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Flagstaff Airport parking solutions on the horizon
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Flagstaff Airport parking solutions on the horizon

Parking Outside The Lines

Cars are lined up in the grass outside the designated parking spots at the Flagstaff airport last year.

As the city has worked to increase use of the Flagstaff Airport over the last two years, one thing that hasn’t changed is the number of parking spots available at the airport.

Now the city is hoping to address that as they develop plans to approximately double the number of parking spaces at the airport.

Airport Director Barney Helmick said the city is currently planning on building a second parking lot just to the north of the current lot and the outgoing section of the South Pulliam Drive loop.

The lot could contain as many as 400 additional parking spots, although Helmick said since they are still early in the planning process, the exact number is liable to change. Nonetheless, that would bring the number of parking spaces to almost 800 at the airport.

At the moment, Helmick said the airport has about 385 spots. But during the past summer, he said it was not unusual to see as many as 500 vehicles parked at the airport.

This led to many travelers parking their cars in the forested areas along the side of Pulliam Drive and even on some islands between the parking lot and the road.

At this point, there are a lot of variables, but Helmick said if everything goes smoothly, they could see shovels in the ground as early as summer of 2020.

Helmick said the parking lot is currently going through the planning process, so he couldn’t speak to any cost estimates.

But however much the parking lot ends up costing, Barney said the project is designed to pay for design and construction of a new lot with a paid parking system at the airport.

This could be used to pay off a construction loan over the next 20 years.

That paid system may use the city’s current Park Flag program that residents use to pay for parking downtown, but Helmick said the city has also asked if there are other companies interested in bringing a paid parking system to the airport.

Even if the program does use Park Flag, Helmick said it will have to be set up differently.

“Downtown it’s all hourly based and very few people would be parking around the clock down there. Out here the majority of our passengers, unless you’re just coming and renting a car for the day, they’re going to be [parked] here around the clock for three to seven days on average,” Helmick said, adding that would mean daily charges instead of hourly.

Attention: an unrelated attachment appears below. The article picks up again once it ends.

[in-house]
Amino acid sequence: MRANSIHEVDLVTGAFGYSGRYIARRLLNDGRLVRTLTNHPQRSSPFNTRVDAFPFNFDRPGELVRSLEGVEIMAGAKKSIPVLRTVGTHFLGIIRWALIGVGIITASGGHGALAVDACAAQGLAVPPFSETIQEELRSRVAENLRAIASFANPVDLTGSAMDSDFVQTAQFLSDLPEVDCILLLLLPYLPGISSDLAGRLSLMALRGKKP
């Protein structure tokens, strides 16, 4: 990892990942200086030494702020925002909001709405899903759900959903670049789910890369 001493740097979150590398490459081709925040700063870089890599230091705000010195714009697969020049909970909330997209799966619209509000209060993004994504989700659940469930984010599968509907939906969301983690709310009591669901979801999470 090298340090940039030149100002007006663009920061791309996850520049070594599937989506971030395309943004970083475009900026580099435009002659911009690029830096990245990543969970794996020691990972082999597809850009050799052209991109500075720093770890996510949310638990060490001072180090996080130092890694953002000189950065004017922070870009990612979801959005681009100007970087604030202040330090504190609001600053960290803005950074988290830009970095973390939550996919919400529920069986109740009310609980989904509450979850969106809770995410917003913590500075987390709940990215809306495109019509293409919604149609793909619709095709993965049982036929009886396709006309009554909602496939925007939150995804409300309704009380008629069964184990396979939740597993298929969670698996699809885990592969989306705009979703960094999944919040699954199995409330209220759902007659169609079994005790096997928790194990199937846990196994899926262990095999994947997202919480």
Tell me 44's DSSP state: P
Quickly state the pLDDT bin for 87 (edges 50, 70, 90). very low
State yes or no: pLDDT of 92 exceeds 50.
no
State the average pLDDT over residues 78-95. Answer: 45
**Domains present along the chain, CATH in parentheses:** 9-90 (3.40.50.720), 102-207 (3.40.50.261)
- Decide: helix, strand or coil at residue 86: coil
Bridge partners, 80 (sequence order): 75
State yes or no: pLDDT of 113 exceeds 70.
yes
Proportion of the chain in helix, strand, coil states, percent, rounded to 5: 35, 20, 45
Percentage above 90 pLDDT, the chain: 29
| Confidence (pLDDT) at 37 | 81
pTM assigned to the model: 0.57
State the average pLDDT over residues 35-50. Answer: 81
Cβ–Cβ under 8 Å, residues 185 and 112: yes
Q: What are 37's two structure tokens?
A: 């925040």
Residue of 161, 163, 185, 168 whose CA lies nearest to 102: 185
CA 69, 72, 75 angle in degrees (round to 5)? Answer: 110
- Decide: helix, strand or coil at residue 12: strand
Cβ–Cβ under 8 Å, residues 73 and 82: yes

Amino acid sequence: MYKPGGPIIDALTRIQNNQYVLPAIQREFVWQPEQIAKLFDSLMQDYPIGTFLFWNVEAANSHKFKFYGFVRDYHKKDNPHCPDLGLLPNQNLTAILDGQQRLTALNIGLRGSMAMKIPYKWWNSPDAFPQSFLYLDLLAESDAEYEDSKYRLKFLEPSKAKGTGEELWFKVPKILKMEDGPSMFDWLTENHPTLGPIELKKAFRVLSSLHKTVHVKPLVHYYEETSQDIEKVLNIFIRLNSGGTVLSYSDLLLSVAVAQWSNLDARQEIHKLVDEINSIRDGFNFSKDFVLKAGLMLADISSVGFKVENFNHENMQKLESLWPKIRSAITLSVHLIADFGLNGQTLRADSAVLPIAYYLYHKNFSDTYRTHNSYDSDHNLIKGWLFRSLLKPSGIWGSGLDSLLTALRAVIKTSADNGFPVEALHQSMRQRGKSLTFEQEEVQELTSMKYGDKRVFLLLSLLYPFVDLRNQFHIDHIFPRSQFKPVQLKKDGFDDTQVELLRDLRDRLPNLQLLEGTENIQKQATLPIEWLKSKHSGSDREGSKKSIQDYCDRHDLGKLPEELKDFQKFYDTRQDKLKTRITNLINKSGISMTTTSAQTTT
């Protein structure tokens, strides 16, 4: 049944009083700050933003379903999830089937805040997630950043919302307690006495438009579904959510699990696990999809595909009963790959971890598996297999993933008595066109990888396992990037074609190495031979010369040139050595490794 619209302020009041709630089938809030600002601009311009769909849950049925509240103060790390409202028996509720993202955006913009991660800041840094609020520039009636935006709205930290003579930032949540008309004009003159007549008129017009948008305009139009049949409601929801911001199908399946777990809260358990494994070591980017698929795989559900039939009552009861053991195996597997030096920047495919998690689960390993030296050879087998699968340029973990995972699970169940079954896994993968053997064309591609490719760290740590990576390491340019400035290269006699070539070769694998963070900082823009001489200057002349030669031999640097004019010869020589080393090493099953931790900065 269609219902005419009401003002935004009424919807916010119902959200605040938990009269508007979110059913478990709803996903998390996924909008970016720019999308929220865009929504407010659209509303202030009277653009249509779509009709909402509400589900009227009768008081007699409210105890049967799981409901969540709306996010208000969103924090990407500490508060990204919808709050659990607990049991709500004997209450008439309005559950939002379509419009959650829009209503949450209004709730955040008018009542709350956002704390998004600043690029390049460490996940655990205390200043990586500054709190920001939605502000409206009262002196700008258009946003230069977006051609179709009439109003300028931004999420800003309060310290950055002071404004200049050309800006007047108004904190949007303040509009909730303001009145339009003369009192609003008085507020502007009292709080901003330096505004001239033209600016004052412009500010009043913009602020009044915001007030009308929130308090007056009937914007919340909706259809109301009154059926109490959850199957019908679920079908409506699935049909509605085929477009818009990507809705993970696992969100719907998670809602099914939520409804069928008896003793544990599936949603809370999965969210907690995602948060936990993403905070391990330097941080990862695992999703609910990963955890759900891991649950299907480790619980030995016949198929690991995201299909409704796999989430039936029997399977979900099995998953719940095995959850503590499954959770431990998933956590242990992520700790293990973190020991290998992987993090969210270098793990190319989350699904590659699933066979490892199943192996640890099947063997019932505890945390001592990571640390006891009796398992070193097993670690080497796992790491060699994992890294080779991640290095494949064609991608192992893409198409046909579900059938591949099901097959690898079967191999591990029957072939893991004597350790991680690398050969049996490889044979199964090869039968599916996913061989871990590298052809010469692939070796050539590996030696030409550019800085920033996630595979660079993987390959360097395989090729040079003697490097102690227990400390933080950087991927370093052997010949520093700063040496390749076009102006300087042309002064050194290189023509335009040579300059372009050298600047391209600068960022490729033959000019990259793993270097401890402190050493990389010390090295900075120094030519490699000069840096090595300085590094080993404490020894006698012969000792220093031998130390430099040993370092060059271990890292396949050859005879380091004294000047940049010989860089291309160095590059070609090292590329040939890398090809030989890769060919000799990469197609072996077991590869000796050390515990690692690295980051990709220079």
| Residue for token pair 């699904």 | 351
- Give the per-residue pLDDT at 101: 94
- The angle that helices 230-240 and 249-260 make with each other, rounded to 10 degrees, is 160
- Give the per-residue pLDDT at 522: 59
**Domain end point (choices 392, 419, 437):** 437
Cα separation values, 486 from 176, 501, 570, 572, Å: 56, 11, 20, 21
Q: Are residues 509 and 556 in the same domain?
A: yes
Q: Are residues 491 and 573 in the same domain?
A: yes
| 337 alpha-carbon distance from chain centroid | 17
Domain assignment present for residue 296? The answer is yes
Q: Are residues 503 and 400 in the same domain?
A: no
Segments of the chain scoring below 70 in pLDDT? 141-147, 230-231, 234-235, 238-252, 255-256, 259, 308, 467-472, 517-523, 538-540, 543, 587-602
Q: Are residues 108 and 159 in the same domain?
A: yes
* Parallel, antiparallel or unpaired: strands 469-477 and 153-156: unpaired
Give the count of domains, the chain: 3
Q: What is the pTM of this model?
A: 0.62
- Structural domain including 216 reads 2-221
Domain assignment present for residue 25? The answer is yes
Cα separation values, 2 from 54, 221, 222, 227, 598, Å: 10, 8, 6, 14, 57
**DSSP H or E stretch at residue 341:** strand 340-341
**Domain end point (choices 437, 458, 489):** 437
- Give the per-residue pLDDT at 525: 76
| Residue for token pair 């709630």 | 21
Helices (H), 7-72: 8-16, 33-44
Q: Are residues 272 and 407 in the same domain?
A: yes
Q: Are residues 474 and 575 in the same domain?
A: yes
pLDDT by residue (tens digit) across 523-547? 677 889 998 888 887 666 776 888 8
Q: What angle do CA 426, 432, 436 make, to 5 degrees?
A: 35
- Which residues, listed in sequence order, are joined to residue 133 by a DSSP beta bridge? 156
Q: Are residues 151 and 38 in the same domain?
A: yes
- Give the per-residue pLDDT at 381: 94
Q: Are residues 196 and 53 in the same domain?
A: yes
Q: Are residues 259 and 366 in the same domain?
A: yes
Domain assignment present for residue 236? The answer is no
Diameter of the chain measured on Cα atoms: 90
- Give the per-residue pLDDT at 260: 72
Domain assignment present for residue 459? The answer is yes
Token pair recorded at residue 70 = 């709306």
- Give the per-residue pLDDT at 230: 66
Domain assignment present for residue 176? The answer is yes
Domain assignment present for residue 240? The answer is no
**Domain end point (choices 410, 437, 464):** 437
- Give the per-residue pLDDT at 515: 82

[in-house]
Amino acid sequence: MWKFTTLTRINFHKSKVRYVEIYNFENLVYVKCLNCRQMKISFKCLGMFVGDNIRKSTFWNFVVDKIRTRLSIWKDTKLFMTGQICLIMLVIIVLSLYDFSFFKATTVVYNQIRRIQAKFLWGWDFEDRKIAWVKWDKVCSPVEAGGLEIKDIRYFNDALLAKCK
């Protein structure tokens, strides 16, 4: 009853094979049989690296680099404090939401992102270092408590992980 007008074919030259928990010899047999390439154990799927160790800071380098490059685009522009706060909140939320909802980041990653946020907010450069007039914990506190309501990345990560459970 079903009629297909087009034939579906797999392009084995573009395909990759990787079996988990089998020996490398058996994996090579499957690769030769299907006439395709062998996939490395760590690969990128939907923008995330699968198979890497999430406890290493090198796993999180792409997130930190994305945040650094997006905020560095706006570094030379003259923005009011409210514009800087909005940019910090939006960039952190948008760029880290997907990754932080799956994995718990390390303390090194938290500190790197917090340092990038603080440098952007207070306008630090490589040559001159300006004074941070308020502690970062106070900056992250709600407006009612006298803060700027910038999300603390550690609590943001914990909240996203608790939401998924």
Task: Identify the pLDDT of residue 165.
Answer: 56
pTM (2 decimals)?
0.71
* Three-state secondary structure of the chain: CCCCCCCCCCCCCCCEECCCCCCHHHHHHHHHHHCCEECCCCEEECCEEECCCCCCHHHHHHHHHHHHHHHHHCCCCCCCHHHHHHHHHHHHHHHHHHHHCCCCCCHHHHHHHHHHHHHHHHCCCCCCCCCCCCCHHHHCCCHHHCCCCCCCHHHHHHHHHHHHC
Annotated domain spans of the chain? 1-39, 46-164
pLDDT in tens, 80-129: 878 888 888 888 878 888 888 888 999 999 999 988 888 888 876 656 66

Parking at the airport has been an issue for some time, but as the city encourages residents to use the airport more, the problem of parking capacity has worsened.

In the past year, the city has brought in additional daily flights to Dallas and Denver through American Airlines and United Airlines respectively. But Helmick said it’s also a matter of the size of the planes that are accessing the airport.

“If you go back 10 years, we were doing eight flights a day but they were only 38-seat planes,” Helmick said. By comparison, the planes now flown into the airport by United seat 50 passengers and American's planes hold 70. “We’re averaging somewhere between 350 and 400 passengers per day going in and out of here. A year ago that was 180, so we basically just about doubled the volume of passengers going in and out and have not been able to increase parking.”

The city had previously been working to implement a different plan to address parking at the airport, but it fell apart last year when the funding mechanism fell through.

At that time, the city planned on paying for the infrastructure through the sale of a 32-acre parcel of land to Green Tree Inn, which was going to build its second Flagstaff hotel on the property. But the deal fell through in July of 2018 when the company canceled the project only two days before closing on the sale.

Adrian Skabelund can be reached at the office at, by phone at (928) 556-2261 or on Twitter @AdrianSkabelund.


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